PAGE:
By: Jarrad Wright
At the end of September, President Trump issued Executive Order 13950 innocuously titled “Combating Race and Sex Stereotyping,” which has ignited a storm of controversy among employers that do contracting with the federal government. Among other things, the Executive Order bars federal contractors and subcontractors from conducting certain types of racial sensitivity trainings.
More specifically, the Executive Order states that federal contractors “shall not use any workplace training that inculcates in its employees any form of race or sex stereotyping or any form of race or sex scapegoating.” This prohibition includes any training that “an individual, by virtue of his or her race or sex, is inherently racist, sexist, or oppressive, whether consciously or unconsciously.” In addition, the Executive Order places similar restrictions on entities receiving federal funding and grants.
While the Executive Order took effect immediately, its requirements, with certain exceptions, apply only to contracts entered into after November 21, 2020.
Shortly after the Executive Order was issued, the Office of Management and Budget (“OMB”) issued a memorandum to provide guidance to federal agencies in implementing the order. OMB’s memorandum directs federal agencies to identify all training programs related to diversity and inclusion conducted by the agency or by outside vendors and the costs of such programs. The memorandum further requires agencies to review all government contractor workplace training programs to determine whether they comply with the Executive Order. All statements of work and future government contracts also must comply with the Executive Order’s requirements.
Although the implementation of the Executive Order is ongoing and the situation is fluid, it has had an immediate impact. The U.S. Office of Personnel Management reportedly has directed all federal agencies to submit to the OPM for review all training programs related to diversity and inclusion, even if such materials previously had been approved. Likewise, the Department of Justice has postponed diversity and inclusion training programs, pending further review.
OFCCP Info Request
The Department of Labor’s Office of Federal Contract Compliance Programs (OFCCP) also has published in the Federal Register a notice seeking “comments, information, and materials from the public relating to workplace trainings that involve race or sex stereotyping or scapegoating.” Significantly, OFCCP defines “race and sex scapegoating” broadly as “assigning fault, blame, or bias to a race or sex, or to members of a race or sex because of their race or sex.” “Scapegoating” encompasses the view “that, consciously or unconsciously, and by virtue of his or her race or sex, members or any race are inherently racist or are inherently inclined to oppress others, or that members of a sex are inherently sexist or inclined to oppress others.”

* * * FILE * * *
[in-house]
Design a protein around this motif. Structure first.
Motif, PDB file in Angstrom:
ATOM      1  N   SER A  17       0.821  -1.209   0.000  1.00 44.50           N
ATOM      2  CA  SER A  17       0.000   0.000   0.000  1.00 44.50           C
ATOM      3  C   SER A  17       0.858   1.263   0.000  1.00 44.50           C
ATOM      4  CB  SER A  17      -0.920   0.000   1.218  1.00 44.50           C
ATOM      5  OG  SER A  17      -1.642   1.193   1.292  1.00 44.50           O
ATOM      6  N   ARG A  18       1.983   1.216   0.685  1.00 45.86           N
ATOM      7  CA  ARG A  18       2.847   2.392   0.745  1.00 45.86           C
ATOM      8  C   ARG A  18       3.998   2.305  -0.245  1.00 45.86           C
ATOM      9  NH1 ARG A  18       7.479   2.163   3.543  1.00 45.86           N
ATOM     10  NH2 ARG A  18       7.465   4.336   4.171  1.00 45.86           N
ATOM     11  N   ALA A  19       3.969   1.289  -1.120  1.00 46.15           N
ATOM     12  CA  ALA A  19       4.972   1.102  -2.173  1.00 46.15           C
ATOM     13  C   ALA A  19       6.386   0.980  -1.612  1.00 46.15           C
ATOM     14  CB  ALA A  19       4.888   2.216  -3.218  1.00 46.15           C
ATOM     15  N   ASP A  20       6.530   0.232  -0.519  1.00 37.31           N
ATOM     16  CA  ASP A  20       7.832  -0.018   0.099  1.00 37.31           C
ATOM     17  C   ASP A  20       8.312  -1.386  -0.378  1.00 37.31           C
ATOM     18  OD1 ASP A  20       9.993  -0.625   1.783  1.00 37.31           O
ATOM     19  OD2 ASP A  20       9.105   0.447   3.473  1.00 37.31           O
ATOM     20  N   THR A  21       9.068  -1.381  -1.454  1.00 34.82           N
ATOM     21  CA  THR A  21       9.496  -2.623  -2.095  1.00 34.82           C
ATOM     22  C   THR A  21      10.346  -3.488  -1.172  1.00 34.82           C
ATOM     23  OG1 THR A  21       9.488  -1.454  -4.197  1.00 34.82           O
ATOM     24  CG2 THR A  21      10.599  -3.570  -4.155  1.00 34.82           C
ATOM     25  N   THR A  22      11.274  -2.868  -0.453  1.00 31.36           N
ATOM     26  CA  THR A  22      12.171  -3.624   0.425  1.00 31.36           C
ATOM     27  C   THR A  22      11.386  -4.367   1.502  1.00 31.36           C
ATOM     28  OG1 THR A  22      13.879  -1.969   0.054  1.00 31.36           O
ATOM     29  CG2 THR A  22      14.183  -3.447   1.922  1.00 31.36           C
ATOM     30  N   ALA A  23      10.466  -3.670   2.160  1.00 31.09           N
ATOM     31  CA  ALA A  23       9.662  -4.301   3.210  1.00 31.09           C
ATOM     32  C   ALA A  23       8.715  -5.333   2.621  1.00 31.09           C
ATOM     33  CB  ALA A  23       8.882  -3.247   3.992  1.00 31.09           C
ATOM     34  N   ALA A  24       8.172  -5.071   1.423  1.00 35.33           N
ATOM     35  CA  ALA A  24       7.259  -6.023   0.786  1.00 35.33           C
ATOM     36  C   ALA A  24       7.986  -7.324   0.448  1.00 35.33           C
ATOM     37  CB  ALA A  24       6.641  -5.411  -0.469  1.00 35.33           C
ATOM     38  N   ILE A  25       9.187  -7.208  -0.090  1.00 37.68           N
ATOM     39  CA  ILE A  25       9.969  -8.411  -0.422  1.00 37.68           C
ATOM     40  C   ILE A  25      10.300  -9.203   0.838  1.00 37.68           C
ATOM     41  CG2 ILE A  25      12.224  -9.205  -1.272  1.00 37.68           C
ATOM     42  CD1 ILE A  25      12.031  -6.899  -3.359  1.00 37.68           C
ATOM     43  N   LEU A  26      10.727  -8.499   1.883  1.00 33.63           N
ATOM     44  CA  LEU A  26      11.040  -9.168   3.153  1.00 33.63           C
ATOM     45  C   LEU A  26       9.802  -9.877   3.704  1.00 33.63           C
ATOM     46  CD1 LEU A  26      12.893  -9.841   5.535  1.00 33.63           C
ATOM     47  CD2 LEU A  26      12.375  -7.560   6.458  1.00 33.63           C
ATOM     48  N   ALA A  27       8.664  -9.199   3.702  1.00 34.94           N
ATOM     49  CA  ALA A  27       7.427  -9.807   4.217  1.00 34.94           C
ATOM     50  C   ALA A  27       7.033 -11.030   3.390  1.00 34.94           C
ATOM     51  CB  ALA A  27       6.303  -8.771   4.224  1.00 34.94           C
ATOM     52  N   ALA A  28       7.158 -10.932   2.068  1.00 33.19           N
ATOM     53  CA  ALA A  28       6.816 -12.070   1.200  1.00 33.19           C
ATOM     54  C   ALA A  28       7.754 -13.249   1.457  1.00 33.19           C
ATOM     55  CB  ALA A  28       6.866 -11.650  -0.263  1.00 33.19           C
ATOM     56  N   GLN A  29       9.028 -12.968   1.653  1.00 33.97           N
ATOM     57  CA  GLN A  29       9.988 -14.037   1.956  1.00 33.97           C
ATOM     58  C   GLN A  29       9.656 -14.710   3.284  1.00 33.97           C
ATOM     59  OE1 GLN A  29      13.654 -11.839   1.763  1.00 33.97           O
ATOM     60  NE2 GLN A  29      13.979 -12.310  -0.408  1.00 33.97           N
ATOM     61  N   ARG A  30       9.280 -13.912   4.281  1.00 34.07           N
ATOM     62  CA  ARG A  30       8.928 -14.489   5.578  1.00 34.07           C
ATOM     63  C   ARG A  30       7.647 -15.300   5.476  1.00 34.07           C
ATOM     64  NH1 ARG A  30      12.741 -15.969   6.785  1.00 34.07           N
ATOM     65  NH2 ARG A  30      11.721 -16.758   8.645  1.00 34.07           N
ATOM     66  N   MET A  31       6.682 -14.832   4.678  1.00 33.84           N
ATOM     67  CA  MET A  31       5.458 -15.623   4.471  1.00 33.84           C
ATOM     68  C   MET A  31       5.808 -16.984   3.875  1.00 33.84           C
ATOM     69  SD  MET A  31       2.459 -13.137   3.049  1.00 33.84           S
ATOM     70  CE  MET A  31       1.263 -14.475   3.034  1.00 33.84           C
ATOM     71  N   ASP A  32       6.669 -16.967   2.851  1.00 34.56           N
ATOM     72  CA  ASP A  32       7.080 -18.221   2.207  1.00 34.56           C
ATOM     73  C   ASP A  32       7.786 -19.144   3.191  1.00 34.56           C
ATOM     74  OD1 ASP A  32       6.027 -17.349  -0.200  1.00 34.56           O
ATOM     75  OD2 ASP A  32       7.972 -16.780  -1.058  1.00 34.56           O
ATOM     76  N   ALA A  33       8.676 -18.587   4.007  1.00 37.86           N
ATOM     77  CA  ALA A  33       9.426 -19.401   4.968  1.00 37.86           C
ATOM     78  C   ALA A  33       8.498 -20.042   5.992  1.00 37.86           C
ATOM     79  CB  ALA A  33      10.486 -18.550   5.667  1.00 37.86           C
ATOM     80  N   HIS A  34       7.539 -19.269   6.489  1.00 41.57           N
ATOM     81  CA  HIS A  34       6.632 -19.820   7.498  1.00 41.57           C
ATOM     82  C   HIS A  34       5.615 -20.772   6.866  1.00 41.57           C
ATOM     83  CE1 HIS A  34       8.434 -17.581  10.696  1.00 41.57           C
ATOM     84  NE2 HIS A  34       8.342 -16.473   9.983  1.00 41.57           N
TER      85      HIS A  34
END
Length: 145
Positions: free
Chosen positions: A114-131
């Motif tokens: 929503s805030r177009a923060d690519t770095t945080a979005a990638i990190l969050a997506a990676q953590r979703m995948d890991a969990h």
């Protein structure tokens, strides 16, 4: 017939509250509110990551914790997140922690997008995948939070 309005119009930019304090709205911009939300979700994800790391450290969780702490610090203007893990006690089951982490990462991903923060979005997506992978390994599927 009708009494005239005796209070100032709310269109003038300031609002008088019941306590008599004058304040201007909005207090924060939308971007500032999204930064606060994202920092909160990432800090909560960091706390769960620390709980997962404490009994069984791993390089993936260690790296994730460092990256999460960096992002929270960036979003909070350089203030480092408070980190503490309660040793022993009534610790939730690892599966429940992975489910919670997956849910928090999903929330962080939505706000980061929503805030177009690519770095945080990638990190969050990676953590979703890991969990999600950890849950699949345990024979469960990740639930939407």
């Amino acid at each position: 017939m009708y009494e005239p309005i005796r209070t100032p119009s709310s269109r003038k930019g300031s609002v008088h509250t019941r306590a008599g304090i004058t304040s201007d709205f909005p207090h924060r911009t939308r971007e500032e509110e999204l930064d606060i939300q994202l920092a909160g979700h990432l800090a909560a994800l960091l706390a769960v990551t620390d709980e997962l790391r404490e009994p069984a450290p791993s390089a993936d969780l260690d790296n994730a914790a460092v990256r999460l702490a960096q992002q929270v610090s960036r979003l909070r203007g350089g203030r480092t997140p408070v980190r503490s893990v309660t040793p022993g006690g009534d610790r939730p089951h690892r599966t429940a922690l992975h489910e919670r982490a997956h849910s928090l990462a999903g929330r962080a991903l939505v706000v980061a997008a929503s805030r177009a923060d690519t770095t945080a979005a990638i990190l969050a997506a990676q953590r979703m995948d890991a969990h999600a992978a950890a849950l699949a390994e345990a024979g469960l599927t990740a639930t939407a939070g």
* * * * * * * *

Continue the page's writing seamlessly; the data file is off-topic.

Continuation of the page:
The OFCCP’s information request specifically seeks materials from federal contractors, federal subcontractors, and their employees, and encourages federal contractors and subcontractors to voluntarily submit materials for review. In that instance, if a contractor corrects non-compliant materials, the OFCCP states it will “not take enforcement actions.” The OFCCP, however, reserves the right to institute enforcement proceedings should non-compliant materials not be corrected. Finally, the notice includes a public hotline and email address for the public to “confidentiality report to the Federal government the unlawful use of racist or sexist training materials.”
Needless to say, President Trump’s issuance of Executive Order 13950 is a politically charged issue, and its continued enforcement, effectiveness, and existence in all likelihood will depend on the outcome of the presidential election. If former Vice President Joseph Biden is elected, the Executive Order is likely to be rescinded early in his administration. If President Trump is re-elected, on the other hand, the Executive Order will remain in place and federal agencies will continue the process of providing clarifications and instructions on its requirements. In any event, legal challenges to the effectiveness of the order and its implementation by federal agencies are likely to occur, as interested entities ranging from civil rights organizations to the U.S. Chamber of Commerce have raised questions and concerns about the Executive Order.
At least for the time being, the Executive Order remains in place, and all government contractors and subcontractors need to consider its immediate impact upon their operations. This may include temporarily postponing diversity training and programs until after the election or until further clarification is forthcoming from the federal government on the order. What is clear is that before taking any action, it always is best to consult with counsel knowledgeable about the employment aspects of federal contracting law.
At this point, the longer-term impact of the President’s Executive Order is simply unknown. That said, going forward, the order has the potential to significantly impact all companies that do business with the federal government. Accordingly, we shall continue to keep you informed of further developments on the impact of the President’s race and sex stereotyping order.
Jarrad Wright is a partner at DiMuroGinsberg, P.C. and can be reached at firstname.lastname@example.org.